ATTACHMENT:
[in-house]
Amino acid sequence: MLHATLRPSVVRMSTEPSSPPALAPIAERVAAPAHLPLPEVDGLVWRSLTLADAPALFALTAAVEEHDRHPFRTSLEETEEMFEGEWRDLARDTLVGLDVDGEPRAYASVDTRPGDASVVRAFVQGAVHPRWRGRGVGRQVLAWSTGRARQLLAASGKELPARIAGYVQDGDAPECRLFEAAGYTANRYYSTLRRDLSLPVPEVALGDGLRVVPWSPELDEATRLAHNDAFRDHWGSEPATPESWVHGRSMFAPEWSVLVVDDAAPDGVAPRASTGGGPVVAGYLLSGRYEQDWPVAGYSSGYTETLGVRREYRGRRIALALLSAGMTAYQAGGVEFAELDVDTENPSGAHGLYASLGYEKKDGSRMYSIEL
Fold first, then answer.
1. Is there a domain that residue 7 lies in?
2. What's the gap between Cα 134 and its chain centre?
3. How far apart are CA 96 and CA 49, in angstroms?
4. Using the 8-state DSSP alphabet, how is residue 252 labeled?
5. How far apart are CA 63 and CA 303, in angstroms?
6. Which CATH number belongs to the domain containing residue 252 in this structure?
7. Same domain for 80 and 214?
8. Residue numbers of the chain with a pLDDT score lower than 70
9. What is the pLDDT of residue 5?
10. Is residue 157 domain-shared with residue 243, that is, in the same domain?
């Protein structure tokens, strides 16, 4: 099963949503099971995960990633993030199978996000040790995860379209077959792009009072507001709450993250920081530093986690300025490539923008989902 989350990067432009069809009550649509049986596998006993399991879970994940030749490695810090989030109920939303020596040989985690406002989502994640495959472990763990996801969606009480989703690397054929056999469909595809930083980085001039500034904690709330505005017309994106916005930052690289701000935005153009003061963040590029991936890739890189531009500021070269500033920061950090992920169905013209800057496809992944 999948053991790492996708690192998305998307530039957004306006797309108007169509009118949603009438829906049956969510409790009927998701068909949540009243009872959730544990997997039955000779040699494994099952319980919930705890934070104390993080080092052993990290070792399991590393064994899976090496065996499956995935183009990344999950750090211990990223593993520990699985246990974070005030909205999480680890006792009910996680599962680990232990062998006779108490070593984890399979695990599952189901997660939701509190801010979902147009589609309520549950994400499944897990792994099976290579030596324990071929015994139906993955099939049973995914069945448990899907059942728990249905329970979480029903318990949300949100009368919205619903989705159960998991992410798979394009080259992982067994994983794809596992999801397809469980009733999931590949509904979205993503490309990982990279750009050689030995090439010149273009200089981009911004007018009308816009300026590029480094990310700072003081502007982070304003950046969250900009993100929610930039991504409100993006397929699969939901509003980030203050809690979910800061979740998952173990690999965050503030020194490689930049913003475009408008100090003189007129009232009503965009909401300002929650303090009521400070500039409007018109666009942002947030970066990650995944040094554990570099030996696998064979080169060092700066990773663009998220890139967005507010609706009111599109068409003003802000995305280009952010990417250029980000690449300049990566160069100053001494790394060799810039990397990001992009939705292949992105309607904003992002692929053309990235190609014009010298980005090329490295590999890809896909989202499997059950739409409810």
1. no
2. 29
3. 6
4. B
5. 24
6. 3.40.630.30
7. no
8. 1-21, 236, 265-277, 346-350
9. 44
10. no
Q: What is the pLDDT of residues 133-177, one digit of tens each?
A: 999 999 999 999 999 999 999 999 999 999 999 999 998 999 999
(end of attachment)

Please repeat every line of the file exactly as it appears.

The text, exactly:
[in-house]
Amino acid sequence: MLHATLRPSVVRMSTEPSSPPALAPIAERVAAPAHLPLPEVDGLVWRSLTLADAPALFALTAAVEEHDRHPFRTSLEETEEMFEGEWRDLARDTLVGLDVDGEPRAYASVDTRPGDASVVRAFVQGAVHPRWRGRGVGRQVLAWSTGRARQLLAASGKELPARIAGYVQDGDAPECRLFEAAGYTANRYYSTLRRDLSLPVPEVALGDGLRVVPWSPELDEATRLAHNDAFRDHWGSEPATPESWVHGRSMFAPEWSVLVVDDAAPDGVAPRASTGGGPVVAGYLLSGRYEQDWPVAGYSSGYTETLGVRREYRGRRIALALLSAGMTAYQAGGVEFAELDVDTENPSGAHGLYASLGYEKKDGSRMYSIEL
Fold first, then answer.
1. Is there a domain that residue 7 lies in?
2. What's the gap between Cα 134 and its chain centre?
3. How far apart are CA 96 and CA 49, in angstroms?
4. Using the 8-state DSSP alphabet, how is residue 252 labeled?
5. How far apart are CA 63 and CA 303, in angstroms?
6. Which CATH number belongs to the domain containing residue 252 in this structure?
7. Same domain for 80 and 214?
8. Residue numbers of the chain with a pLDDT score lower than 70
9. What is the pLDDT of residue 5?
10. Is residue 157 domain-shared with residue 243, that is, in the same domain?
């Protein structure tokens, strides 16, 4: 099963949503099971995960990633993030199978996000040790995860379209077959792009009072507001709450993250920081530093986690300025490539923008989902 989350990067432009069809009550649509049986596998006993399991879970994940030749490695810090989030109920939303020596040989985690406002989502994640495959472990763990996801969606009480989703690397054929056999469909595809930083980085001039500034904690709330505005017309994106916005930052690289701000935005153009003061963040590029991936890739890189531009500021070269500033920061950090992920169905013209800057496809992944 999948053991790492996708690192998305998307530039957004306006797309108007169509009118949603009438829906049956969510409790009927998701068909949540009243009872959730544990997997039955000779040699494994099952319980919930705890934070104390993080080092052993990290070792399991590393064994899976090496065996499956995935183009990344999950750090211990990223593993520990699985246990974070005030909205999480680890006792009910996680599962680990232990062998006779108490070593984890399979695990599952189901997660939701509190801010979902147009589609309520549950994400499944897990792994099976290579030596324990071929015994139906993955099939049973995914069945448990899907059942728990249905329970979480029903318990949300949100009368919205619903989705159960998991992410798979394009080259992982067994994983794809596992999801397809469980009733999931590949509904979205993503490309990982990279750009050689030995090439010149273009200089981009911004007018009308816009300026590029480094990310700072003081502007982070304003950046969250900009993100929610930039991504409100993006397929699969939901509003980030203050809690979910800061979740998952173990690999965050503030020194490689930049913003475009408008100090003189007129009232009503965009909401300002929650303090009521400070500039409007018109666009942002947030970066990650995944040094554990570099030996696998064979080169060092700066990773663009998220890139967005507010609706009111599109068409003003802000995305280009952010990417250029980000690449300049990566160069100053001494790394060799810039990397990001992009939705292949992105309607904003992002692929053309990235190609014009010298980005090329490295590999890809896909989202499997059950739409409810």
1. no
2. 29
3. 6
4. B
5. 24
6. 3.40.630.30
7. no
8. 1-21, 236, 265-277, 346-350
9. 44
10. no
Q: What is the pLDDT of residues 133-177, one digit of tens each?
A: 999 999 999 999 999 999 999 999 999 999 999 999 998 999 999